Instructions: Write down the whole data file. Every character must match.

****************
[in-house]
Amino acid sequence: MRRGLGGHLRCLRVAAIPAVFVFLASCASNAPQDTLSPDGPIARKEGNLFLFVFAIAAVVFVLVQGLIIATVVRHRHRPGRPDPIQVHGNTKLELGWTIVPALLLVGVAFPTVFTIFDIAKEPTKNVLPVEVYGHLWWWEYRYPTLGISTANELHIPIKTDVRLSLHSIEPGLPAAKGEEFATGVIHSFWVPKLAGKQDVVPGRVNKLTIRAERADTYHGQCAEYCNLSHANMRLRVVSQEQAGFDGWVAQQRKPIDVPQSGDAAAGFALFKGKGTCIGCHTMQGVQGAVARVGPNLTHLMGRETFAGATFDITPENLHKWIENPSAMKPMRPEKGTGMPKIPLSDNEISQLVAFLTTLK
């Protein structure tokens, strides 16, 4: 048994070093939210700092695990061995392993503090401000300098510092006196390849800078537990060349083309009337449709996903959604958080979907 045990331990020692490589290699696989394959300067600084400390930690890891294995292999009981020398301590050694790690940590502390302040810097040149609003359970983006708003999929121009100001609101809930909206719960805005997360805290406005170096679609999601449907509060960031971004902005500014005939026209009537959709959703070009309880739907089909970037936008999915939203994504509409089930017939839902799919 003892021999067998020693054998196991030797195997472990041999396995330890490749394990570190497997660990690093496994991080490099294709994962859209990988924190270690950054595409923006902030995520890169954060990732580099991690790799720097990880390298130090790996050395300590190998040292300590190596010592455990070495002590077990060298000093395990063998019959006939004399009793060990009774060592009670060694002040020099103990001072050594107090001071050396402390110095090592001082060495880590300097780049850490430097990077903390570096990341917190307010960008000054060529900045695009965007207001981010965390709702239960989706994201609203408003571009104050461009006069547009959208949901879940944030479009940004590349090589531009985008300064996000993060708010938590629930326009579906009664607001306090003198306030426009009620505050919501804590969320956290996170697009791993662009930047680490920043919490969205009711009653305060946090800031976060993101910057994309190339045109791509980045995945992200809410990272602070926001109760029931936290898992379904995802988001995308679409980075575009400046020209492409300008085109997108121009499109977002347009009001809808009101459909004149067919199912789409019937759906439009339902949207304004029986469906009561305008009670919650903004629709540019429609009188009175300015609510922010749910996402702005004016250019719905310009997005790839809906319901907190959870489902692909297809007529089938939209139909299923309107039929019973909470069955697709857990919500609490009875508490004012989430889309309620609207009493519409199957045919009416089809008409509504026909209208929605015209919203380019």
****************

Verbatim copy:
[in-house]
Amino acid sequence: MRRGLGGHLRCLRVAAIPAVFVFLASCASNAPQDTLSPDGPIARKEGNLFLFVFAIAAVVFVLVQGLIIATVVRHRHRPGRPDPIQVHGNTKLELGWTIVPALLLVGVAFPTVFTIFDIAKEPTKNVLPVEVYGHLWWWEYRYPTLGISTANELHIPIKTDVRLSLHSIEPGLPAAKGEEFATGVIHSFWVPKLAGKQDVVPGRVNKLTIRAERADTYHGQCAEYCNLSHANMRLRVVSQEQAGFDGWVAQQRKPIDVPQSGDAAAGFALFKGKGTCIGCHTMQGVQGAVARVGPNLTHLMGRETFAGATFDITPENLHKWIENPSAMKPMRPEKGTGMPKIPLSDNEISQLVAFLTTLK
């Protein structure tokens, strides 16, 4: 048994070093939210700092695990061995392993503090401000300098510092006196390849800078537990060349083309009337449709996903959604958080979907 045990331990020692490589290699696989394959300067600084400390930690890891294995292999009981020398301590050694790690940590502390302040810097040149609003359970983006708003999929121009100001609101809930909206719960805005997360805290406005170096679609999601449907509060960031971004902005500014005939026209009537959709959703070009309880739907089909970037936008999915939203994504509409089930017939839902799919 003892021999067998020693054998196991030797195997472990041999396995330890490749394990570190497997660990690093496994991080490099294709994962859209990988924190270690950054595409923006902030995520890169954060990732580099991690790799720097990880390298130090790996050395300590190998040292300590190596010592455990070495002590077990060298000093395990063998019959006939004399009793060990009774060592009670060694002040020099103990001072050594107090001071050396402390110095090592001082060495880590300097780049850490430097990077903390570096990341917190307010960008000054060529900045695009965007207001981010965390709702239960989706994201609203408003571009104050461009006069547009959208949901879940944030479009940004590349090589531009985008300064996000993060708010938590629930326009579906009664607001306090003198306030426009009620505050919501804590969320956290996170697009791993662009930047680490920043919490969205009711009653305060946090800031976060993101910057994309190339045109791509980045995945992200809410990272602070926001109760029931936290898992379904995802988001995308679409980075575009400046020209492409300008085109997108121009499109977002347009009001809808009101459909004149067919199912789409019937759906439009339902949207304004029986469906009561305008009670919650903004629709540019429609009188009175300015609510922010749910996402702005004016250019719905310009997005790839809906319901907190959870489902692909297809007529089938939209139909299923309107039929019973909470069955697709857990919500609490009875508490004012989430889309309620609207009493519409199957045919009416089809008409509504026909209208929605015209919203380019």